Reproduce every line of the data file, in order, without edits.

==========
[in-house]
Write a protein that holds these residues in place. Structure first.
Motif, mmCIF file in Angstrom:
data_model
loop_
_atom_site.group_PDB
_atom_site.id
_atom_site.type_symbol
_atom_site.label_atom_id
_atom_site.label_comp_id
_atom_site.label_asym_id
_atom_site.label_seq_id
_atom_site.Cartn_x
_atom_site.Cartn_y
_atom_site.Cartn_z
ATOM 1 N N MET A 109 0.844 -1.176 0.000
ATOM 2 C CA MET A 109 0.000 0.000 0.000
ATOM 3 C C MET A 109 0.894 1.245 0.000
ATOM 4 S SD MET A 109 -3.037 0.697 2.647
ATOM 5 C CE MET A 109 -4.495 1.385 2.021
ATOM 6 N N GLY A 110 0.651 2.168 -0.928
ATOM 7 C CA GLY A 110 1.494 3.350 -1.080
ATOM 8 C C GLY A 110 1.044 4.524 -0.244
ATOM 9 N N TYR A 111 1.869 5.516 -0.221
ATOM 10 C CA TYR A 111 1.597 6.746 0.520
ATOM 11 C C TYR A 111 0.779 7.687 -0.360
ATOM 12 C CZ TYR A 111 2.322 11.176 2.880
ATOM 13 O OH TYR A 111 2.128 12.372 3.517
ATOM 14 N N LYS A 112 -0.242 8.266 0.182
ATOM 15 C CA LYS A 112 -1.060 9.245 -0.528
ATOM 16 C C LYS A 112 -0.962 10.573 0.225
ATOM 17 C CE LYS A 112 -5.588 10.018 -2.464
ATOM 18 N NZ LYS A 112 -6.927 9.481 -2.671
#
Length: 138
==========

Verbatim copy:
[in-house]
Write a protein that holds these residues in place. Structure first.
Motif, mmCIF file in Angstrom:
data_model
loop_
_atom_site.group_PDB
_atom_site.id
_atom_site.type_symbol
_atom_site.label_atom_id
_atom_site.label_comp_id
_atom_site.label_asym_id
_atom_site.label_seq_id
_atom_site.Cartn_x
_atom_site.Cartn_y
_atom_site.Cartn_z
ATOM 1 N N MET A 109 0.844 -1.176 0.000
ATOM 2 C CA MET A 109 0.000 0.000 0.000
ATOM 3 C C MET A 109 0.894 1.245 0.000
ATOM 4 S SD MET A 109 -3.037 0.697 2.647
ATOM 5 C CE MET A 109 -4.495 1.385 2.021
ATOM 6 N N GLY A 110 0.651 2.168 -0.928
ATOM 7 C CA GLY A 110 1.494 3.350 -1.080
ATOM 8 C C GLY A 110 1.044 4.524 -0.244
ATOM 9 N N TYR A 111 1.869 5.516 -0.221
ATOM 10 C CA TYR A 111 1.597 6.746 0.520
ATOM 11 C C TYR A 111 0.779 7.687 -0.360
ATOM 12 C CZ TYR A 111 2.322 11.176 2.880
ATOM 13 O OH TYR A 111 2.128 12.372 3.517
ATOM 14 N N LYS A 112 -0.242 8.266 0.182
ATOM 15 C CA LYS A 112 -1.060 9.245 -0.528
ATOM 16 C C LYS A 112 -0.962 10.573 0.225
ATOM 17 C CE LYS A 112 -5.588 10.018 -2.464
ATOM 18 N NZ LYS A 112 -6.927 9.481 -2.671
#
Length: 138